False price signals in the market

Here is something that I haven’t seen touched on in the Pin yet. THe issue of false price signals in the property market which might be hampering the adjustment to a clearing price.

First, the situation as I see it. Excess supply. At current asking prices there is a (massively) larger number of sellers than buyers. Cause: the current observable price, at which a very modest number of transactions are taking place and sellers continue to ask for, is a long way above that which will clear the market and allow all those people who want to buy a house at the current market price to get one **and **all sellers who want to sell at the current market price to secure a sale in a reasonable period of time.

That is simple and not too controversial around here. A very large amount of excess supply exists, so prices need to and will fall - sooner or later.

Which brings me to false price signals, something I suspect now might be having a very significant retarding afftect on the pace of unavoidable adjustment.

What is a false price signal? If you are a seller, with an asking price on your property and your are getting any offers close to your asking price, you are encouraged to believe there exists a buyer in the market at a price close to whatyou want.

Moreover, estate agents can get the same impression as the witness these events. And it doesn’t take many occurance for this to happen. Just one person offering you your asking price after many months on the market can be strong enough to reinforce your preferred view - that you won’t have to reduce your price by 40-50%.

That is fine, so long as those offers can be made good. But here is the problem. The people making the offers may think they can make good on them, but often they are premised on an assumption that they will be able to sell their house close to their own asking price, which in turn is reinforced because they may have had an offer close to their asking price (but not yet close enough), or their agent might be telling them that they have witnessed offers for similar houses close to asking prices.

What you build is a chain built on unrealistic expectations. Some of this might actually come off, a part of the chain can be completed by someone who has cash, or is an FTB with a bullish view on the market, savings and earnings. Clearly this is going to be the exception rather than the rule, but every occurance will reinfoce the beliefs of agents and sellers and these false price signals will be given too much weight.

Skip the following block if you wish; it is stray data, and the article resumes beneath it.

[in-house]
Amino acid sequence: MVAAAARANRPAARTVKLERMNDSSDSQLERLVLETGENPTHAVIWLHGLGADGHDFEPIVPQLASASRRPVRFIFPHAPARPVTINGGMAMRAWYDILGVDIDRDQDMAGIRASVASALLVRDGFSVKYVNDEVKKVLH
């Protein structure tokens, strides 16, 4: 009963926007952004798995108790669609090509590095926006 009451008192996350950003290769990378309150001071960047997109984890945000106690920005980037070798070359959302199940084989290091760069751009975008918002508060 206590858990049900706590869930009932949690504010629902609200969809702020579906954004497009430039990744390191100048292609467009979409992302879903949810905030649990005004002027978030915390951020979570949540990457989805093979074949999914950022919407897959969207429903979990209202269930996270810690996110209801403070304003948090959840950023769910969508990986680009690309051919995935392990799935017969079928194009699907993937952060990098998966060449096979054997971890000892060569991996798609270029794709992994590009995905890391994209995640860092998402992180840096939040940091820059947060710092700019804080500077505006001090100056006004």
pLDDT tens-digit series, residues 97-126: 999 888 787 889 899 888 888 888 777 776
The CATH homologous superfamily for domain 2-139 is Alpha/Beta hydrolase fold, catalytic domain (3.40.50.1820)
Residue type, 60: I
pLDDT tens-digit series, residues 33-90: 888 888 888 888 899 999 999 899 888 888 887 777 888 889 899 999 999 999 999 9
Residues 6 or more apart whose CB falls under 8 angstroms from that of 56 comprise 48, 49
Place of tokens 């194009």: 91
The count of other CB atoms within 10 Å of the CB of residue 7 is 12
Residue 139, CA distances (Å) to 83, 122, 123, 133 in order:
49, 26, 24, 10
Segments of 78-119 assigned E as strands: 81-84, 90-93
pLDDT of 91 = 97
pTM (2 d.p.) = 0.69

I am seeing a lot more evidence for this.

  • A goodly number of housing staying sale agreed for months on end.
  • Houses coming back on the market.
  • Agents (who I believe are not lying) telling me the offers that some owners are getting for houses, but they still remain on the market.
    Of course, the way agents and sellers interpret what they see is moulded to fit their desired view of the world. They see offers and some sales being made at and around current asking prices and so are convinced it is simply “confidence”, nothing “fundamental”. But they are mistaken.

What is going to happen? Well this all continues to point to slow burn, unless agents really do wake up and start any new listing with some cold hard fact and bring properties to market at prices 25-30% below stock already there. Only then will all market participants begin to see genuine price signals.

Agree with your point but I’m hoping that relatively widespread lowering of prices by developers on new houses will be enough to jog the decline back into gear.
Maybe I’m being a bit naive but until rents drop due to migration I can’t see many other significant calalysts.
Sentiment will be a big hitter when it really turns but it’s hard to put a timeline on it. I think it needs one of the other two to ignite it first.

Yer right geckko about the false signals impeding the market’s ability to find a proper level. I think it’s always been an implied subtext on here and most of us are aware of it, it’s just never been clearly extracted out into a thread of its own before.

Markets only work properly if all actors have access to the same, reliable, information. If information is deliberately obscured from certain market actors or entirely missing, then you get market failure.

I wouldn’t hold my breath on getting quality easily available data any time soon in Ireland though, particularly for as long as FF are a major political force.

Perhaps not false signals, you are assuming people can understand the signals or assume they do not apply to them, since they are evidently they are not signals people want to hear in a lot of cases

In addition, there is obviously not enough pressure to force the drops, so they are not happening.

What we are seeing is widespread collective cognitive dissonance*. I’d imagine that people work through cognitive dissonance as slowly as their circumstances will allow. The flow of information is crucial and in Ireland that information is scarce.